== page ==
These pressures, along with decimation of the population by smallpox, brought about the abandonment of many small and seasonal settlements. Survivors consolidated their communities, usually in areas where fish and other resources were most plentiful.

One hundred years after Russian hunters and traders first appeared, British and American fur interests had extended north up the Pacific Coast into Southeastern Alaska. Americans took control of the fur seal trade in 1867 when the United States bought Alaska. Sea otter were already fairly well depleted by that time.

Commercial sealing was under way not only in Alaska, but along coasts of the White and Baltic Seas, the North Pacific, and the eastern shores of Canada, starting in the mid-1700s. Northern fur seals (Callorhinus ursinus) and harp seals (Phoca groen-landica) were hunted nearly to extinction in the Baltic and Northeast Atlantic; by 1800, the seal fishery in the northwest Atlantic had become an industrial venture (Wenzel, 1991). Along the Arctic coast of Canada, Inuit traded sealskin clothing and meat with whalers and explorers as opportunity allowed. The seal fishery there only reached commercial proportions after 1870, following the depletion of baleen whales. Until around 1920, when petroleum substitutes for whale and seal oil were widely adopted, sealskins were sold with the blubber on, to be rendered for their oil. Although this trade produced large numbers of skins, reportedly 3700 annually for Cumberland Sound alone between 1883 and 1903, Arctic seal populations remained healthy (Wenzel, 1991: 44).

Inuit continued to trade some sealskins throughout the early 1900s, but the market for Arctic fox was more lucrative. At Clyde River, Inuit traded skins of white and blue (Arctic) fox, polar bear, ermine, wolves, caribou, and Arctic hare. Unlike Subarctic hunters, Inuit relied on nonmigratory species (seals). Because this food supply remained steady and traders were more migratory, Inuit did not come to rely on trade as much as had natives further south. The incentive to trap was dulled by the unreliable supply of trade goods, and by the 1950s wage labor supplied some of the needed cash to communities. Earnings from the fur trade still amounted to little compared to ammunition and other costs for subsistence activities. This changed after 1961, when a new tanning process for sealskin increased demand by the industry. Prices went from $3.50 per pelt to $14 by 1966 (Wenzel, 1991: 51), enabling hunters to buy snowmobiles and greatly increasing the mobility of Inuit from settlements.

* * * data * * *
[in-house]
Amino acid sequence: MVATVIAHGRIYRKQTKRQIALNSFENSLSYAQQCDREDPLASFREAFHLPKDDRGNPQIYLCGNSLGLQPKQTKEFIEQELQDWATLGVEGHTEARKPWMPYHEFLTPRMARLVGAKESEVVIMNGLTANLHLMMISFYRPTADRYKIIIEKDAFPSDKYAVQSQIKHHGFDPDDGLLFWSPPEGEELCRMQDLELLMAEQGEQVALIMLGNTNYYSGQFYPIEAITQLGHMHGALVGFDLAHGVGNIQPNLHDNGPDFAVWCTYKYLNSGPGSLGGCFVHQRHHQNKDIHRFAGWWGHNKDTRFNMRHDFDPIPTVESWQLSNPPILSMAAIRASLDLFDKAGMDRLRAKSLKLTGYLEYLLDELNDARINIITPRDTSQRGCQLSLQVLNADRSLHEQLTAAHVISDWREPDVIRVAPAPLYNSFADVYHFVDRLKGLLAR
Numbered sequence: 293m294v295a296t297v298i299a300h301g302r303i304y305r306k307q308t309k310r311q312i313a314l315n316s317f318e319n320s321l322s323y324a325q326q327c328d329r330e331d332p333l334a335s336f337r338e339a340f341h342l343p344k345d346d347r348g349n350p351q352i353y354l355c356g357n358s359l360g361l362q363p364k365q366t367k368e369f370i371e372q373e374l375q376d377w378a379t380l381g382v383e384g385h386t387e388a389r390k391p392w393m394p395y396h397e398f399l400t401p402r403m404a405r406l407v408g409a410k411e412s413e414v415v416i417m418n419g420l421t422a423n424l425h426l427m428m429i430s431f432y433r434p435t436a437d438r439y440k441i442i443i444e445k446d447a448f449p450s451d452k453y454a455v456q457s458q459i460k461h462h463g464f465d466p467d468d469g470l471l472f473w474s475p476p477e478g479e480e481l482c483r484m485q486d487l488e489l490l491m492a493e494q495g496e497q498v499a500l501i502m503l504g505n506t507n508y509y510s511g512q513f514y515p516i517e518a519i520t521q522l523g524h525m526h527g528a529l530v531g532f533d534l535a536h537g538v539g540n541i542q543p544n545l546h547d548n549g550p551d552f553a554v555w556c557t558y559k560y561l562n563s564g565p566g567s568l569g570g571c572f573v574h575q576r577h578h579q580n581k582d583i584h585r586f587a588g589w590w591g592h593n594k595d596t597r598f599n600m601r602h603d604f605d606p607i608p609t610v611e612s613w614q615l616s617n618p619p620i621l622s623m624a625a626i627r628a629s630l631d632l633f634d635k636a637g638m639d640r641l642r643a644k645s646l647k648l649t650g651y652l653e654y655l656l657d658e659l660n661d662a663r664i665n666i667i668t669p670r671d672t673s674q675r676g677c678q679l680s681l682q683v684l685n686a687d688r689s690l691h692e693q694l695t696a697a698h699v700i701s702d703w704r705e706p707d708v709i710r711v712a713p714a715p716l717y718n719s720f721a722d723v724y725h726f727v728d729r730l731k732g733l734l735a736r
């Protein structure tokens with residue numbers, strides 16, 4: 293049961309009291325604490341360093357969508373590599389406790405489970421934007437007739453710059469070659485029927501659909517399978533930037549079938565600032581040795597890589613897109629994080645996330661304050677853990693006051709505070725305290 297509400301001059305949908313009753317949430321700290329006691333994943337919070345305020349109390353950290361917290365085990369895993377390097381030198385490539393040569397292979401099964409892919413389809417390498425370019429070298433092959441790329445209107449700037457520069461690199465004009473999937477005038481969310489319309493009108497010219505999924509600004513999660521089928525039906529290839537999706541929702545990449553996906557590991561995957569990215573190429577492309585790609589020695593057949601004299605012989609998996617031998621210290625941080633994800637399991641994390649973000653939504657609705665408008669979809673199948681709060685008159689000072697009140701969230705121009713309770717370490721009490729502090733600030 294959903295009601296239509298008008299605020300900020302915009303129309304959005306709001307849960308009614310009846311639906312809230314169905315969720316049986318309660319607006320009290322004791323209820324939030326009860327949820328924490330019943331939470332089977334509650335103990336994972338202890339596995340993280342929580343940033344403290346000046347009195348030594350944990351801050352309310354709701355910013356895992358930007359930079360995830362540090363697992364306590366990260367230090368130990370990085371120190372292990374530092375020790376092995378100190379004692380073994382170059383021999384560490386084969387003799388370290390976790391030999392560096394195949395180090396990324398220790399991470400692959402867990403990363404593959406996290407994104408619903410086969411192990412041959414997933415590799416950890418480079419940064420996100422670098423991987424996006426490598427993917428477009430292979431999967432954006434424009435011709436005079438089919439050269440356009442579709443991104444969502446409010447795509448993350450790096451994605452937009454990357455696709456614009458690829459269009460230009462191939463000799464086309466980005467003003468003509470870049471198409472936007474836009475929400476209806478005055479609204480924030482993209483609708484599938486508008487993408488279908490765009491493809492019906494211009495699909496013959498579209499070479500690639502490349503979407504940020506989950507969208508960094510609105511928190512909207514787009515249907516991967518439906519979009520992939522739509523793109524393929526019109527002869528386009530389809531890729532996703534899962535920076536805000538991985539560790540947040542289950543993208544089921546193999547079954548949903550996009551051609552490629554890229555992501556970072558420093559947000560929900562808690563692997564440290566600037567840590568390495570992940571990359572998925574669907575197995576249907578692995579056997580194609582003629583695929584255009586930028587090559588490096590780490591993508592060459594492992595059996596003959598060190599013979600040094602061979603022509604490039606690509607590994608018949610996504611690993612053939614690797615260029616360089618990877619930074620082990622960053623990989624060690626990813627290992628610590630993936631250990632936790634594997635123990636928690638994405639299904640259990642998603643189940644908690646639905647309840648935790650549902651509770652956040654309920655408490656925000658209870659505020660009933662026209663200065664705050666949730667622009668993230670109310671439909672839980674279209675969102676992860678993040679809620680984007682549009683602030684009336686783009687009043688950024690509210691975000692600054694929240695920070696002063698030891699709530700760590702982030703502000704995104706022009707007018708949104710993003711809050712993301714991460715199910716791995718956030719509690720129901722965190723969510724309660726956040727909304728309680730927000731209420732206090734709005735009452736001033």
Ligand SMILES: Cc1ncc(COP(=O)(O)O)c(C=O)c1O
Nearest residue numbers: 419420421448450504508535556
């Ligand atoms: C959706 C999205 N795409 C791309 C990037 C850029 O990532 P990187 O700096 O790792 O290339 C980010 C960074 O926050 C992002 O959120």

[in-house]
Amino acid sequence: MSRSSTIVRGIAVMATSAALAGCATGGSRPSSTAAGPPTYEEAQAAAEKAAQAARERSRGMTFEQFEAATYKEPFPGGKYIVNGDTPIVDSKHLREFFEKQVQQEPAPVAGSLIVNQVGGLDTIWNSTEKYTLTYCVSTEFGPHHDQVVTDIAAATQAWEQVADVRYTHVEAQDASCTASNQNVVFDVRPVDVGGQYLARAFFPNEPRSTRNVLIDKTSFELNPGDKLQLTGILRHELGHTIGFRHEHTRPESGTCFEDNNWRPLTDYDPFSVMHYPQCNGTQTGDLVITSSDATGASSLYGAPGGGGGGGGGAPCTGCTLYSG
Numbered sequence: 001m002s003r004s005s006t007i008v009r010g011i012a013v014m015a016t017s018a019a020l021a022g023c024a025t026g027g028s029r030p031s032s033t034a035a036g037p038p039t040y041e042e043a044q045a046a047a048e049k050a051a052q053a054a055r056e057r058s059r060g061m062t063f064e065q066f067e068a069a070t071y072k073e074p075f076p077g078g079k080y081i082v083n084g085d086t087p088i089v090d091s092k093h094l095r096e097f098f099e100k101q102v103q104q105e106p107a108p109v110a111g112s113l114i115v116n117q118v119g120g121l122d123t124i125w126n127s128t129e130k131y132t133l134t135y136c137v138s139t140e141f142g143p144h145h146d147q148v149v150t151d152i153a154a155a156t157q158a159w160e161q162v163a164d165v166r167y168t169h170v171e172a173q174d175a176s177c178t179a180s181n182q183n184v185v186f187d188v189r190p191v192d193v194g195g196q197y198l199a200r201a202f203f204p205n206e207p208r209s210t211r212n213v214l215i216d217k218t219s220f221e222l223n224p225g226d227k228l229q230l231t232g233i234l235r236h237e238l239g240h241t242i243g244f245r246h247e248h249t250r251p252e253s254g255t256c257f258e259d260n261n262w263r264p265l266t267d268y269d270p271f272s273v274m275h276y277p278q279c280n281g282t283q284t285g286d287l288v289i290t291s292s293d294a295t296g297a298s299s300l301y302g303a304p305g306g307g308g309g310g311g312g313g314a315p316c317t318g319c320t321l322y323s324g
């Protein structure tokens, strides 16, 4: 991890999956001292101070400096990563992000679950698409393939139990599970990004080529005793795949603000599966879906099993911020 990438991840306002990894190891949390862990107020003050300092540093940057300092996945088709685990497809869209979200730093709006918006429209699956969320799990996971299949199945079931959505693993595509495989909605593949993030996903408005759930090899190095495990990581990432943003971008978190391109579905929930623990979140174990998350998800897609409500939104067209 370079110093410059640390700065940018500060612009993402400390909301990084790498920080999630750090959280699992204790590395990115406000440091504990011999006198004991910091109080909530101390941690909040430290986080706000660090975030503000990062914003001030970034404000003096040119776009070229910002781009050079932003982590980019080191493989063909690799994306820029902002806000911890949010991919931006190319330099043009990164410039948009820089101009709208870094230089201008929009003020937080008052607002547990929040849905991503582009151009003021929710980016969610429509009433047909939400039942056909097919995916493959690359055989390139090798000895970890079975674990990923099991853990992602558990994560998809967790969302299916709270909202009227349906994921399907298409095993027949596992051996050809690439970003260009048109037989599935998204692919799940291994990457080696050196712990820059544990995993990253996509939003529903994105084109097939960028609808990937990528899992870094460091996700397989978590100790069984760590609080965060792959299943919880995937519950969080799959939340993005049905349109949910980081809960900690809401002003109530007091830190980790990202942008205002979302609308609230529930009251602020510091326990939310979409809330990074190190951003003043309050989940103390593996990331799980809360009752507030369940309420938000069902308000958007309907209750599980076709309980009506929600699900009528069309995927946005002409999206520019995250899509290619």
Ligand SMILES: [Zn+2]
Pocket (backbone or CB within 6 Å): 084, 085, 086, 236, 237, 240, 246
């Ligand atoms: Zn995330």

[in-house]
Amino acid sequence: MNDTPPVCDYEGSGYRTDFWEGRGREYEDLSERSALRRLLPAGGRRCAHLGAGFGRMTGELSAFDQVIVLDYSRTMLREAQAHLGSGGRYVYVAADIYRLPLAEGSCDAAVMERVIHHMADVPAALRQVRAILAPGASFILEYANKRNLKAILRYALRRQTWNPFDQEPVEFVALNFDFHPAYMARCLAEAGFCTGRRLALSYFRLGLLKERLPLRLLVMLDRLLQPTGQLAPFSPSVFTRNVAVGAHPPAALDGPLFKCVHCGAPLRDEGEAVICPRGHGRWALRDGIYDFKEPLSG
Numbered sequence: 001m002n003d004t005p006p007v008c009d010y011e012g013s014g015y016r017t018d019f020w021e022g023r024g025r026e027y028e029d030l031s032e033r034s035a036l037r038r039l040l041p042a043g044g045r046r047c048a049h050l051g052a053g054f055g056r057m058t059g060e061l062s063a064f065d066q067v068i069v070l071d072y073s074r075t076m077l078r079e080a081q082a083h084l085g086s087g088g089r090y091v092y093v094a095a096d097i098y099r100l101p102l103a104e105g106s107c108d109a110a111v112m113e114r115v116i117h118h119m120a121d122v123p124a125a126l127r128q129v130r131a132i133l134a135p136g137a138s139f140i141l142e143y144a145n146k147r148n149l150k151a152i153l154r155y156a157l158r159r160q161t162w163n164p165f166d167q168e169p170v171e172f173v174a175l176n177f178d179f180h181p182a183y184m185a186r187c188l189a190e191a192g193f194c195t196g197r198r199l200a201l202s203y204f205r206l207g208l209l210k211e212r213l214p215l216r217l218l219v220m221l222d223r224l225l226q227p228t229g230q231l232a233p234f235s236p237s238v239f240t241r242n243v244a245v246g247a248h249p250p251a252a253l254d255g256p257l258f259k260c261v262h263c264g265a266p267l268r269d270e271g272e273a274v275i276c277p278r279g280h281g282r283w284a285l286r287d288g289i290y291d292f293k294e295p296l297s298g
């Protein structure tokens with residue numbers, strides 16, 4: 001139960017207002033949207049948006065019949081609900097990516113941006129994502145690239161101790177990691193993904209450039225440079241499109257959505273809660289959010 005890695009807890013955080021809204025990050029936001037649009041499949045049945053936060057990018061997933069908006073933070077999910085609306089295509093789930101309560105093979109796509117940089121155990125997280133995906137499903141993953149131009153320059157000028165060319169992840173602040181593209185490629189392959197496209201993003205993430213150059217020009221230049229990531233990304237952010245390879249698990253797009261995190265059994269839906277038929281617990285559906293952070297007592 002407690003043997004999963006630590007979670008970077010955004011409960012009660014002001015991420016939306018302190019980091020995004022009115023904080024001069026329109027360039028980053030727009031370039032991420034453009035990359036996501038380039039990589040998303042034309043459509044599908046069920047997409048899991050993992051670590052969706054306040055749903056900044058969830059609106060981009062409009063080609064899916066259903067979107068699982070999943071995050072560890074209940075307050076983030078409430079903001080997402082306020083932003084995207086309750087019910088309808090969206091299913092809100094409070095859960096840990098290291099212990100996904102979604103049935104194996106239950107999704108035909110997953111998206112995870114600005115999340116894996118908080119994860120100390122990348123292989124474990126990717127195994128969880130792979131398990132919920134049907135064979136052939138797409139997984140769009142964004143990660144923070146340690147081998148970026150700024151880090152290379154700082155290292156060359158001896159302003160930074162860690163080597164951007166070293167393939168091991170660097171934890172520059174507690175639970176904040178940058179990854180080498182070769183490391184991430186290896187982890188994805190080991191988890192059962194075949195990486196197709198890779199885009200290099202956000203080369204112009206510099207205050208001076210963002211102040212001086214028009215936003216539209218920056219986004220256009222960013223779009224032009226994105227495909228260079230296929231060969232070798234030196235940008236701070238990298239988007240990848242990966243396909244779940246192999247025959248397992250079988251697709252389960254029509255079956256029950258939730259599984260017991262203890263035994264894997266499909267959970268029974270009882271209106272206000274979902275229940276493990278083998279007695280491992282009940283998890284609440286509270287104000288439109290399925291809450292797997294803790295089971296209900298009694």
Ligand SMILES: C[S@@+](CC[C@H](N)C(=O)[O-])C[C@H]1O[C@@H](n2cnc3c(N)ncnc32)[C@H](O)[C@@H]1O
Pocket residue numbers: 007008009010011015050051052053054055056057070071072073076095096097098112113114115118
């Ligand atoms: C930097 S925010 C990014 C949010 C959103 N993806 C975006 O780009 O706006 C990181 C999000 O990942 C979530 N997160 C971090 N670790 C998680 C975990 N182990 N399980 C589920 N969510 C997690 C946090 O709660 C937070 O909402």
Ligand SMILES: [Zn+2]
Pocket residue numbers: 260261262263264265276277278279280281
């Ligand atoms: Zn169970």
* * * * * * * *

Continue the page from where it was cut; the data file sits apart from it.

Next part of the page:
In 1967, following reports of the inhumane slaughter of baby harp seals in the commercial fishery, animal rights groups launched a campaign to "Save the Seals." Demand for all types of furs plummeted, along with prices. The US Marine Mammal Protection Act of

1972, a campaign by Greenpeace in 1977 that included condemnation of Inuit sealing, and a ban in 1983 by the European Economic Community on harp and hooded seal imports further damaged the market for sealskins. Cash income for Inuit on Baffin Island fell 85% (Wenzel, 1991: 54). Other fur markets were also badly affected. Prices recovered somewhat in 1979 following a program by the Canadian Government to counter the animal rights movement. This sealskin trade really benefited Inuit, because a good trade in sealskins meant that large amounts of traditional food were also being harvested for the community. From $23 per skin in 1980, prices on Baffin Island fell to $7 a pelt in 1985 (Wenzel, 1991: 125). Twenty-three dollars would cover expenses for fuel and ammunition for a full day of subsistence harvest activities. Seven dollars barely covered the cost of bullets to kill a seal.

Antisealing and antifur lobbies are criticized in the North for having a double standard; condemning hunters for harvesting "luxury" furs when fur has been the only "cash crop" available for northerners to export. The ban against this "luxury" product reduced cash income from fur in the 1980s from $450 down to around $100 for Inuit hunters (Lynge, 1992: 31). Meanwhile, southern organizers of this campaign are seen by northerners as enjoying many modern conveniences and luxuries that are unavailable to northern trappers and hunters. The bitterness of this irony was intensified by the huge donations that animal rights groups collected during their antisealing campaigns: the International Fund for Animal Welfare raised $6 million, Greenpeace USA $5 million, and other groups additional millions (Lynge, 1992: 31). The World Wildlife Fund and the UNEP realized that these campaigns, which were supposed to exempt Inuit and Greenlandic hunters, had a devastating effect on Arctic lifestyles. But the damage against fur markets had already been done.